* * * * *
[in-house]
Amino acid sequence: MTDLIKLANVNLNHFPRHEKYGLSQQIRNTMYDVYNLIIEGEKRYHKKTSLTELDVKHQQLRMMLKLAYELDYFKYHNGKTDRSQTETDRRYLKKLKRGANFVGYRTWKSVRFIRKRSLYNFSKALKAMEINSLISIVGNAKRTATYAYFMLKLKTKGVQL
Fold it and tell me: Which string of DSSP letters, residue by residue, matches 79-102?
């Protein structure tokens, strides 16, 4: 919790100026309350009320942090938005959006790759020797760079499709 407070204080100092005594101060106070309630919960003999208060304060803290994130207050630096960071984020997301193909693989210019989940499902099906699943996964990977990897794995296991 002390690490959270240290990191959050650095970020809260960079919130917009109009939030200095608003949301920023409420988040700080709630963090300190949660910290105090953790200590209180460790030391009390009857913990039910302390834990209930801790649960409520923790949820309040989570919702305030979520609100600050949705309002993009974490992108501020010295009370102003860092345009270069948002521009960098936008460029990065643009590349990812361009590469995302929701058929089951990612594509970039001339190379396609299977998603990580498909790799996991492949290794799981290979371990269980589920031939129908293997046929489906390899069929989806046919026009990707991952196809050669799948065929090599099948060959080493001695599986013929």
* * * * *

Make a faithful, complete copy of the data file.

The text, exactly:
[in-house]
Amino acid sequence: MTDLIKLANVNLNHFPRHEKYGLSQQIRNTMYDVYNLIIEGEKRYHKKTSLTELDVKHQQLRMMLKLAYELDYFKYHNGKTDRSQTETDRRYLKKLKRGANFVGYRTWKSVRFIRKRSLYNFSKALKAMEINSLISIVGNAKRTATYAYFMLKLKTKGVQL
Fold it and tell me: Which string of DSSP letters, residue by residue, matches 79-102?
């Protein structure tokens, strides 16, 4: 919790100026309350009320942090938005959006790759020797760079499709 407070204080100092005594101060106070309630919960003999208060304060803290994130207050630096960071984020997301193909693989210019989940499902099906699943996964990977990897794995296991 002390690490959270240290990191959050650095970020809260960079919130917009109009939030200095608003949301920023409420988040700080709630963090300190949660910290105090953790200590209180460790030391009390009857913990039910302390834990209930801790649960409520923790949820309040989570919702305030979520609100600050949705309002993009974490992108501020010295009370102003860092345009270069948002521009960098936008460029990065643009590349990812361009590469995302929701058929089951990612594509970039001339190379396609299977998603990580498909790799996991492949290794799981290979371990269980589920031939129908293997046929489906390899069929989806046919026009990707991952196809050669799948065929090599099948060959080493001695599986013929």